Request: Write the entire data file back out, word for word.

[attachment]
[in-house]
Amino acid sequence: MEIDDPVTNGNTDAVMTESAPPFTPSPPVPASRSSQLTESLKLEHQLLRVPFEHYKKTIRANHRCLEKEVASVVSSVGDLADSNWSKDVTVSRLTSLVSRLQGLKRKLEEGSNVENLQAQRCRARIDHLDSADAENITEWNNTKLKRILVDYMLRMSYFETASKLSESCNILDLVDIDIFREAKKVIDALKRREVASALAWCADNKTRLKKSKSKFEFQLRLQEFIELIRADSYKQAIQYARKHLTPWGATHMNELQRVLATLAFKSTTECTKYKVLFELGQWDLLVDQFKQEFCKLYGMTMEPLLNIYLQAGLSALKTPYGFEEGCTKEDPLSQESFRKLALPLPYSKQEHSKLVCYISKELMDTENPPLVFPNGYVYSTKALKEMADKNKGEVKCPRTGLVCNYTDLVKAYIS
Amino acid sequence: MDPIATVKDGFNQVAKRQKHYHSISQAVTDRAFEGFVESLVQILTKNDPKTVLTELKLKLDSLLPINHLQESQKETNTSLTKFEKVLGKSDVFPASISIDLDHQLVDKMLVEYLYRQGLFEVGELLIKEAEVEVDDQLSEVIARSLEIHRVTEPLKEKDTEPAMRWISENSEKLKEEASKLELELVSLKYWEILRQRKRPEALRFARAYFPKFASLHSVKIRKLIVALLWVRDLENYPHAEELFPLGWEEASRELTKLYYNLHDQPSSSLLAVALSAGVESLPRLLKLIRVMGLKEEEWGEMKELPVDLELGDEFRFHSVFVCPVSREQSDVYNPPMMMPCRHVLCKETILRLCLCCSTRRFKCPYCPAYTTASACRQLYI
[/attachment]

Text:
[in-house]
Amino acid sequence: MEIDDPVTNGNTDAVMTESAPPFTPSPPVPASRSSQLTESLKLEHQLLRVPFEHYKKTIRANHRCLEKEVASVVSSVGDLADSNWSKDVTVSRLTSLVSRLQGLKRKLEEGSNVENLQAQRCRARIDHLDSADAENITEWNNTKLKRILVDYMLRMSYFETASKLSESCNILDLVDIDIFREAKKVIDALKRREVASALAWCADNKTRLKKSKSKFEFQLRLQEFIELIRADSYKQAIQYARKHLTPWGATHMNELQRVLATLAFKSTTECTKYKVLFELGQWDLLVDQFKQEFCKLYGMTMEPLLNIYLQAGLSALKTPYGFEEGCTKEDPLSQESFRKLALPLPYSKQEHSKLVCYISKELMDTENPPLVFPNGYVYSTKALKEMADKNKGEVKCPRTGLVCNYTDLVKAYIS
Amino acid sequence: MDPIATVKDGFNQVAKRQKHYHSISQAVTDRAFEGFVESLVQILTKNDPKTVLTELKLKLDSLLPINHLQESQKETNTSLTKFEKVLGKSDVFPASISIDLDHQLVDKMLVEYLYRQGLFEVGELLIKEAEVEVDDQLSEVIARSLEIHRVTEPLKEKDTEPAMRWISENSEKLKEEASKLELELVSLKYWEILRQRKRPEALRFARAYFPKFASLHSVKIRKLIVALLWVRDLENYPHAEELFPLGWEEASRELTKLYYNLHDQPSSSLLAVALSAGVESLPRLLKLIRVMGLKEEEWGEMKELPVDLELGDEFRFHSVFVCPVSREQSDVYNPPMMMPCRHVLCKETILRLCLCCSTRRFKCPYCPAYTTASACRQLYI